Degree: Bachelor of Arts in Music, Christopher Newport University
Length of time teaching: 14 years
Length of time teaching at HT: 14 years
How do you feel you can help students to “Start Here. Go Anywhere.”?
I love the individuality of my program. I can tailor each student’s experience to their desires and abilities. Some of my students strive to perform at the highest levels and want to participate in All State ensembles, take private lessons and devote time and energy to their craft. Other students look at the arts as a way to destress, socialize and be creative without pressure. There is room for all experiences here in Holy Trinity Fine Arts.
What motivated you to become a teacher?
When I was 18 years old and my mother wanted me to go for a music education degree, I rolled my eyes, hissed and spit and refused because, “Gross, who wants to teach kids?” So I started a performance major. Many years later (and after a good bit of maturing had taken place) I volunteered at HTEA in my daughter’s preschool class. After a while, I was asked to substitute teach, after another while I was asked to teach a preschool class. I LOVED it and haven’t looked back since. I love teaching students, teenagers especially. I like really looking at them and finding out their dreams, their talents and their fears. If I can support them through their fear and into finding their passion and purpose, then I have made a difference.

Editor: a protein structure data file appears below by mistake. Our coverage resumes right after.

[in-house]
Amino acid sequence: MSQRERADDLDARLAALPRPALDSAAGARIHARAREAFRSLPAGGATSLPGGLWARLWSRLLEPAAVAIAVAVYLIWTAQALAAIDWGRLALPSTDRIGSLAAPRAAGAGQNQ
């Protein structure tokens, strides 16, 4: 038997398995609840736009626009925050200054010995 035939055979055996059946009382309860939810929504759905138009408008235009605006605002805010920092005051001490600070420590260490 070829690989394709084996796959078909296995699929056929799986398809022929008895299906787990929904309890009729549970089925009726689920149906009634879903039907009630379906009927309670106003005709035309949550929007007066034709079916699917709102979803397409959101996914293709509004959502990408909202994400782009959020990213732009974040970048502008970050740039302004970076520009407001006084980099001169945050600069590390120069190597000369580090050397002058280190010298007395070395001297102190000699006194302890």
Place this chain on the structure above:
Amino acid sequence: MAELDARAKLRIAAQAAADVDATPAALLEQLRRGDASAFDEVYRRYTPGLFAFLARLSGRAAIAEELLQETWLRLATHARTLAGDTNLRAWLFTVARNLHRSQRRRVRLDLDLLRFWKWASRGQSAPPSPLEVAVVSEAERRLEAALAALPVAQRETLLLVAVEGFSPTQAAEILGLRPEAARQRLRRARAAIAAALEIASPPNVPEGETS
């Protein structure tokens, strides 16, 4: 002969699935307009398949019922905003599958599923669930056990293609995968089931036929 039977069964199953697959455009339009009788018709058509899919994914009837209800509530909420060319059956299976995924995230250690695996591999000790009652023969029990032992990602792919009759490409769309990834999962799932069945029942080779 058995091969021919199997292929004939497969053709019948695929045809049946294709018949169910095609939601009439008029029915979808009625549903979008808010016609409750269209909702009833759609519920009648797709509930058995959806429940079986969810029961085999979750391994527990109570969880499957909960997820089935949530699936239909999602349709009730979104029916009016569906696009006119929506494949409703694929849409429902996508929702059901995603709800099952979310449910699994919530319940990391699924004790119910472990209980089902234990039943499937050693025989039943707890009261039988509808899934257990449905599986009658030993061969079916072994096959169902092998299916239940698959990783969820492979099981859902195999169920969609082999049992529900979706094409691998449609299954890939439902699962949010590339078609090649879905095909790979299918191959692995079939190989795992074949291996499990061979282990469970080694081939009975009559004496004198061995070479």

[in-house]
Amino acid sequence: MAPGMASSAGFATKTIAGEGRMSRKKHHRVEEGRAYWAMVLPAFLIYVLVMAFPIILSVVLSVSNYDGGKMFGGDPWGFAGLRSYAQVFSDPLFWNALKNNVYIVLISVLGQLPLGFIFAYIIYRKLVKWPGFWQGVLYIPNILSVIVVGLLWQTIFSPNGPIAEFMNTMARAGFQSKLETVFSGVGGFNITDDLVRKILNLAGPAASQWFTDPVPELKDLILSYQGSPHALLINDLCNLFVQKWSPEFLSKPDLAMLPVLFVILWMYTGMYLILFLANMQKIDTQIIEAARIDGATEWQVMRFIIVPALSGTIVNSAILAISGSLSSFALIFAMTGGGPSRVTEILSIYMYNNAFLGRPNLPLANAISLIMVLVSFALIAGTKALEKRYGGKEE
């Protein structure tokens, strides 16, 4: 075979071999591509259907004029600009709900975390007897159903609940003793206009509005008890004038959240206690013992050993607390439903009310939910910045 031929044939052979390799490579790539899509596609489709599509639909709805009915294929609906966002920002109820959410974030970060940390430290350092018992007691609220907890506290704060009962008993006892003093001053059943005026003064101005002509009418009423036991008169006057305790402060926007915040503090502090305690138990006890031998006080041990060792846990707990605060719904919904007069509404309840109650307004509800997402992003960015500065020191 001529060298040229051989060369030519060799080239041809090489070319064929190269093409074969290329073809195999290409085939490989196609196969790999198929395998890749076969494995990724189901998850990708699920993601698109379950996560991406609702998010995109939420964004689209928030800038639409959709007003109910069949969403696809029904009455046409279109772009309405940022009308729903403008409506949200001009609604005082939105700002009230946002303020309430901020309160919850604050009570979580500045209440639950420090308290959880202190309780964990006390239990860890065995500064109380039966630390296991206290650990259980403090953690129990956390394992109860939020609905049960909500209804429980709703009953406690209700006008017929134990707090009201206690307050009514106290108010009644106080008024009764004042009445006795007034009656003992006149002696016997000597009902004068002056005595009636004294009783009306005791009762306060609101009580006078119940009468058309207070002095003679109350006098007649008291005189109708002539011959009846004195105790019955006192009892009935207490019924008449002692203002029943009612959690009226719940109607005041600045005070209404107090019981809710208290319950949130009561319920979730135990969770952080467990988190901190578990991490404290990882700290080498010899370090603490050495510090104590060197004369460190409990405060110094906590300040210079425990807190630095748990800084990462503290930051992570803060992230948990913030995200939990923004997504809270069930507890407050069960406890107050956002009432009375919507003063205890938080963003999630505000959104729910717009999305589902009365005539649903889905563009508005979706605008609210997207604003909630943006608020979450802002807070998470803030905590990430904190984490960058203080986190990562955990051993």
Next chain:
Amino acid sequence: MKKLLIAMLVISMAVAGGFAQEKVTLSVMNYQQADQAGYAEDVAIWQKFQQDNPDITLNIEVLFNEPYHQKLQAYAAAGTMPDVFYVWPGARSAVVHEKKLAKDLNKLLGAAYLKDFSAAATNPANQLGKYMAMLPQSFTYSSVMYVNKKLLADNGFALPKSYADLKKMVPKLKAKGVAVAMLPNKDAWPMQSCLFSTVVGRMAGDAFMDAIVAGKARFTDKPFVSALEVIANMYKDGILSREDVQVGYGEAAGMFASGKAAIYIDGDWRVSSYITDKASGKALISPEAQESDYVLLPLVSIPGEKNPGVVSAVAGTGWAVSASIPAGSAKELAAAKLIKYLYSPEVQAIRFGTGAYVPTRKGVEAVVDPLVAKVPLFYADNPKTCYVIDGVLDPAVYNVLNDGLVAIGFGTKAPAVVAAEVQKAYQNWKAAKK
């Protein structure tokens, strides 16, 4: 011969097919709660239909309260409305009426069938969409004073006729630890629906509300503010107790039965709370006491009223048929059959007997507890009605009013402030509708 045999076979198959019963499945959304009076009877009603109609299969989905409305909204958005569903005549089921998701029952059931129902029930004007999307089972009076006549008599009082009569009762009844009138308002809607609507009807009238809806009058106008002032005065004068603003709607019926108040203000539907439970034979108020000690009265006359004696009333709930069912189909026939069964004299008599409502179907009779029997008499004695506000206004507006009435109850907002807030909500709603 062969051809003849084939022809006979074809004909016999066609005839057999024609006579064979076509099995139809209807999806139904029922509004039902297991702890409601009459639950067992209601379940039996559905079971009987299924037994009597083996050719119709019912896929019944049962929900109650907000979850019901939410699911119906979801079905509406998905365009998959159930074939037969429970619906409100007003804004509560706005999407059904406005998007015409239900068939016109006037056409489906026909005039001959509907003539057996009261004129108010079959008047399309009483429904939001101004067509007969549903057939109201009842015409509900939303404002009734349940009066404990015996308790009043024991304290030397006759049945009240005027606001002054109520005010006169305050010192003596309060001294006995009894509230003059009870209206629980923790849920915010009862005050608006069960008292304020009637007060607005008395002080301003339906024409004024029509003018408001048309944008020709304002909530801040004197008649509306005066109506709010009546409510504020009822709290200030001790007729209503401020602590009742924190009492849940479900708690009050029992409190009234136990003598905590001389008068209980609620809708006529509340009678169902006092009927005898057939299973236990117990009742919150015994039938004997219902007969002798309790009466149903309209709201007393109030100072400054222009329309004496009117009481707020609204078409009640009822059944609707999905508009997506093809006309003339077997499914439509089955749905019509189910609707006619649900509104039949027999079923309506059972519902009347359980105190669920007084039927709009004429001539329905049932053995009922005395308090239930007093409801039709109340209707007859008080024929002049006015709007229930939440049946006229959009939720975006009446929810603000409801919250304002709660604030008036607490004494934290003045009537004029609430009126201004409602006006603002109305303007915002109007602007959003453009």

What has been your most memorable moment in teaching?
My most memorable moment in teaching was listening to a student sing a beautiful solo in the final concert of her senior year. Knowing she had come to me as a sixth grader unable to match pitch or even be heard, her tenacity and desire to achieve was inspirational to me. She will never be a professional singer or performer, but one day she will be able to sing a lullaby to her child and it will be beautiful. That’s a win in my book.
If teaching was not your first professional career, what was? How did you transition into teaching?
My first job was playing Chuck E. Cheese when I was 16. I held that job for a year and after spending six hours in a stinky rat suit in 100 plus temperatures at the Bayou La Batre Blessing of the Fleet, I decided a professional job might be a better choice! My career was music but not as a classroom teacher. I was a minister of music for many years and worked as an Artist in Residence for Brevard County before I became a classroom music teacher. Because my husband was a soldier, we lived in Germany for five years. While there, I worked in marketing for Non-Appropriated Funded Activities. The best part of that job was being able to work with the professionals at Armed Forces Network Radio. I wrote, produced and voiced commercials for our community. I became a classroom teacher after doing some substitute teaching in my daughter’s preschool class.
What is the best compliment you’ve ever received or could receive as a teacher?
The best compliment I receive is when a parent comes up to me at graduation and tells me that their amazing kid is amazing because of my influence. It’s not true, but I like hearing it.
What is your motto or mantra as a teacher?
My motto is: I don’t teach music. I teach young people through music.